Jerry Fischer throws a mean hook and, last week, he caught one, too. In the middle finger of his pitching hand.
The hook he throws is a curveball, frighteningly familiar to MSA B Conference rivals of Fischer's Southern Bulldogs. The one he caught was a fish hook, intended to vanquish a bass, not a batter.
True to his name, Fischer, who no-hit Annapolis in Southern's first game of the season, loves to fish almost as much as he loves to pitch. "The curveball really helps me out if I get in trouble," he said. The other hook almost got him into trouble.
While pitching a four-hit, 6-3 win over Mervo on Tuesday (Mervo's runs were all unearned), the injured fingertip, aggravated by the seams on the ball, began to split open in the fifth inning. Fischer, a senior who has both wins for Southern (2-1) thus far, finished the game.
"He wants to go seven innings," said Bulldogs coach Bill Parker. "He doesn't want to come out of the game."
Those fish hooks, though, keep Fischer out of trouble, too. "I don't have to worry about him partying or carrying on," said Parker. "He's always out fishing."
Even his nickname, Bubba, evokes an image of a barefoot boy in a straw hat sitting on a river bank with a cane pole between his toes. But that's not how Bubba was dubbed.
It seems his mother's brothers all had kids the same year Fischer checked in last at nearly 10 pounds (he's 6 feet 3, 180 now). The brothers had all named their offspring after football players and Fischer's mother, who didn't want to call him "Jerry Jr.," started calling him "Bubba Smith." Around age 7 the "Smith" was dropped and he's been Bubba ever since to all but the nuns who taught him in elementary school.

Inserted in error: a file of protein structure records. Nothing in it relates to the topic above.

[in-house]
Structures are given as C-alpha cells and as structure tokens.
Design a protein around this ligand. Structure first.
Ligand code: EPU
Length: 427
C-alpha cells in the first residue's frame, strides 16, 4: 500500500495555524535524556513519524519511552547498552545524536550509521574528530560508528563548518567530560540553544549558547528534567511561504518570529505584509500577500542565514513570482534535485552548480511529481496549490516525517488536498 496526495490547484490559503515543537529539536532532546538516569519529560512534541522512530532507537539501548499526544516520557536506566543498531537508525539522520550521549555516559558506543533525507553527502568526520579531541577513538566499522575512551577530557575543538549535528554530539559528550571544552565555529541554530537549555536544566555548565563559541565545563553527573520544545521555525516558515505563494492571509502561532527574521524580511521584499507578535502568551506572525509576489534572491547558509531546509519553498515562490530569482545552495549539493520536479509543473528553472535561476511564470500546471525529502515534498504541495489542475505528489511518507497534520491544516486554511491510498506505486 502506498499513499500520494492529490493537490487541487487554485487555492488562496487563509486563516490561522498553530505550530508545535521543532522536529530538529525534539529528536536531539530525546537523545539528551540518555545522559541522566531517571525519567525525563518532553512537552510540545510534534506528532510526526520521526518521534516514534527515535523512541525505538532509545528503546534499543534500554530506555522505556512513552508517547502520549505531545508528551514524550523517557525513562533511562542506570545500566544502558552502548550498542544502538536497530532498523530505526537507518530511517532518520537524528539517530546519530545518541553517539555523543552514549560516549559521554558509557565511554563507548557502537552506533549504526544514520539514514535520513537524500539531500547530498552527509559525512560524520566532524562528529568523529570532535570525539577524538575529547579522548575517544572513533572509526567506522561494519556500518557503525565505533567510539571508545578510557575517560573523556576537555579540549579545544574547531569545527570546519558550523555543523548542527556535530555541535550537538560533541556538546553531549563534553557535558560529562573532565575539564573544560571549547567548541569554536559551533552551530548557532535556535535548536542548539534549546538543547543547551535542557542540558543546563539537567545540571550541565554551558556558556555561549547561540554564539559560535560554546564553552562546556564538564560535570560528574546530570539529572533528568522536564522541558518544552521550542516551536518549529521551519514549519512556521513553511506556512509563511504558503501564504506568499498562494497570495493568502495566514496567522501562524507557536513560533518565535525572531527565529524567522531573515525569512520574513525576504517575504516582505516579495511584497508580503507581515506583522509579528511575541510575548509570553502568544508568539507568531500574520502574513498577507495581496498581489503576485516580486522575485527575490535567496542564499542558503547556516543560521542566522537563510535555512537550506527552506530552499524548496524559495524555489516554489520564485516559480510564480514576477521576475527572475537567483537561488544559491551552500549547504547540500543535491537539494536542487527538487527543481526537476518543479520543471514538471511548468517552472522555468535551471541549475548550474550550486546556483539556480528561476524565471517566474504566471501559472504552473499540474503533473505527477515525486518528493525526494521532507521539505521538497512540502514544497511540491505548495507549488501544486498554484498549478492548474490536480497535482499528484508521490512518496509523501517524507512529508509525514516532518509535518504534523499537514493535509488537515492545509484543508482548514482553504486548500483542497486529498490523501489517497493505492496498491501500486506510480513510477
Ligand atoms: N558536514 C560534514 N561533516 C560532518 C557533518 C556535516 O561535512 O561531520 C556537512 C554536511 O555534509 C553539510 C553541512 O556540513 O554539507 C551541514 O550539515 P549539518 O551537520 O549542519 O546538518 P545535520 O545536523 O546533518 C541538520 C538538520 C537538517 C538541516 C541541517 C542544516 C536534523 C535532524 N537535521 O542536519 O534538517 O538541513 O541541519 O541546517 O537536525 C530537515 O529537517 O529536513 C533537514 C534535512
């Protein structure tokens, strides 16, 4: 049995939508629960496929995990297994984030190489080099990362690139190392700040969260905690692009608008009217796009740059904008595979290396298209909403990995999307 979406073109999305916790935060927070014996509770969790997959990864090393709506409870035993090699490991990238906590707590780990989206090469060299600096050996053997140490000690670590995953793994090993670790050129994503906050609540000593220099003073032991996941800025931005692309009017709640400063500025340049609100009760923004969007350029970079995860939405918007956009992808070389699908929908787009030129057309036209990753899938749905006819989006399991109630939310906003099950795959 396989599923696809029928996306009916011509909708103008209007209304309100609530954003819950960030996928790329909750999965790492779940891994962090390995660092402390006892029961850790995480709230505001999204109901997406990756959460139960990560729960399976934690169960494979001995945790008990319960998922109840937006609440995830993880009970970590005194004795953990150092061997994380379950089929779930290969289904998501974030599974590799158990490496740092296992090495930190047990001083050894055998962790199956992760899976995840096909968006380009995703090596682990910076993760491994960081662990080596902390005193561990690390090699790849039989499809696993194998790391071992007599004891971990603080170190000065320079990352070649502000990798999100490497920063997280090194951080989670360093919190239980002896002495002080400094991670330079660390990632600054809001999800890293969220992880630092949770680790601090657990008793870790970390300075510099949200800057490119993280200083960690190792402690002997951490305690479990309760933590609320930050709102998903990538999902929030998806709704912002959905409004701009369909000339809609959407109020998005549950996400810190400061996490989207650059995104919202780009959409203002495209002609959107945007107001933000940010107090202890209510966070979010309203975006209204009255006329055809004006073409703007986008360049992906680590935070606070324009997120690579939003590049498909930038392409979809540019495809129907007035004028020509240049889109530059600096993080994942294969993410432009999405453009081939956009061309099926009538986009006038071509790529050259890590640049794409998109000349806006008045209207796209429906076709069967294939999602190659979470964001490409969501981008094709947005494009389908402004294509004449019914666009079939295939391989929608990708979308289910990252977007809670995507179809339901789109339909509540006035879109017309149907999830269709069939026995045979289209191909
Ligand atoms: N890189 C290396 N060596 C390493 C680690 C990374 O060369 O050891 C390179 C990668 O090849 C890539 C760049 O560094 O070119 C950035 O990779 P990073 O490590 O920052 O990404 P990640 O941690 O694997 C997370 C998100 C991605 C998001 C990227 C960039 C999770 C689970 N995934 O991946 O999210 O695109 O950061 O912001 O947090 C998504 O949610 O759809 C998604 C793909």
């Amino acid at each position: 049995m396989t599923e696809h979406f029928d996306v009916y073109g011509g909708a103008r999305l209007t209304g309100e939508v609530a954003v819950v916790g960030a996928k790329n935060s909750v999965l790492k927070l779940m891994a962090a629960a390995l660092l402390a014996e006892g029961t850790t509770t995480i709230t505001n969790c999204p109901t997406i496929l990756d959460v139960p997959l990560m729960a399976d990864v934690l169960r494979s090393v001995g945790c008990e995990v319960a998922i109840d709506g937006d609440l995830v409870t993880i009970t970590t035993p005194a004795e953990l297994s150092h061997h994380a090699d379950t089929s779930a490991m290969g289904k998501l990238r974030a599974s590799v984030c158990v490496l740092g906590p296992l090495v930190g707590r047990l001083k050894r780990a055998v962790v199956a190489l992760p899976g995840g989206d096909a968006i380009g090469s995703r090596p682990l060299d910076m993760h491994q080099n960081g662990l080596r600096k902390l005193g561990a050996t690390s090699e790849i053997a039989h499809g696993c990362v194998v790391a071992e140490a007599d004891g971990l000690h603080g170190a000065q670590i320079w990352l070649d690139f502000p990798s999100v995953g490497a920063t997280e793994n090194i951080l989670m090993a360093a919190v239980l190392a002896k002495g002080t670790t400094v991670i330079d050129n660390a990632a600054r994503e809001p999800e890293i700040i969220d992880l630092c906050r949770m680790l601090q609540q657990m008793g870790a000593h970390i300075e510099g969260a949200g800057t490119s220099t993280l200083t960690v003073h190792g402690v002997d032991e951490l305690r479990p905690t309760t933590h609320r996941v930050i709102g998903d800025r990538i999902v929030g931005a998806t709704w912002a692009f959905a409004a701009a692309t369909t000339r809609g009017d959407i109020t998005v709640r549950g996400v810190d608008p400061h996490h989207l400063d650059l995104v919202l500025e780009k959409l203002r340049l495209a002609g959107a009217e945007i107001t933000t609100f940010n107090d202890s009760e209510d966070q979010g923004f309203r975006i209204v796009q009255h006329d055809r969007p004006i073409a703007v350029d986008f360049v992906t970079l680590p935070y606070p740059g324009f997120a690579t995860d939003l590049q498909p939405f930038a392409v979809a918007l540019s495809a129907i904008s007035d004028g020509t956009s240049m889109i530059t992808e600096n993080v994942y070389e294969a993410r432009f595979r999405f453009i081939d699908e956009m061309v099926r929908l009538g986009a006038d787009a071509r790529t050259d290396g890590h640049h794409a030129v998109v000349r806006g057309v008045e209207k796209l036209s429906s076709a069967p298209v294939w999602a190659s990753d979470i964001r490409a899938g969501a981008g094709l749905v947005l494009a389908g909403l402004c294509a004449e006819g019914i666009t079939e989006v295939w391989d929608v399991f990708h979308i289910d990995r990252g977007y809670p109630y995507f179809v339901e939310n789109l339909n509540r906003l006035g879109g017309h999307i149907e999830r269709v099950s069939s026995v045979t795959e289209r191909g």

A starting pitcher and cleanup hitter since he came to Southern in ninth grade, Fischer also plays second base. "He was our leading hitter in ninth and 10th grades," said Parker. "Last year his average dropped, but he had 25 RBIs for a 15-5 team."
But his baseball future is as a pitcher. An Evening Sun All-Metro honorable mention last year, this fall he pitched for a Maryland select team, based in Frederick, which played other all-star teams from surrounding states. "He had quite a bit of exposure to a number of scouts, whom he impressed," said Tom Gilbert, the coach of that team.
Gilbert caught Fischer's fastball on the radar gun at 87 mph. "One of the scouts told me he was up around 91 in a tournament the other day," said Gilbert, referring to the no-hitter. But Gilbert said that Fischer, who admits to short-arming the ball, needs work on his mechanics. "If Bubba ever gets his body behind his arm, he'll pick up some velocity.
"My feeling is someone should draft him," Gilbert said. "He's a winner. When he gets on the mound, he wants to come out of there on top. His attitude is great. He leads by example. Bubba is a good-natured kid. He keeps the camaraderie on a team.
"It would be hard for me to believe that there is a better pitcher around Baltimore than this kid."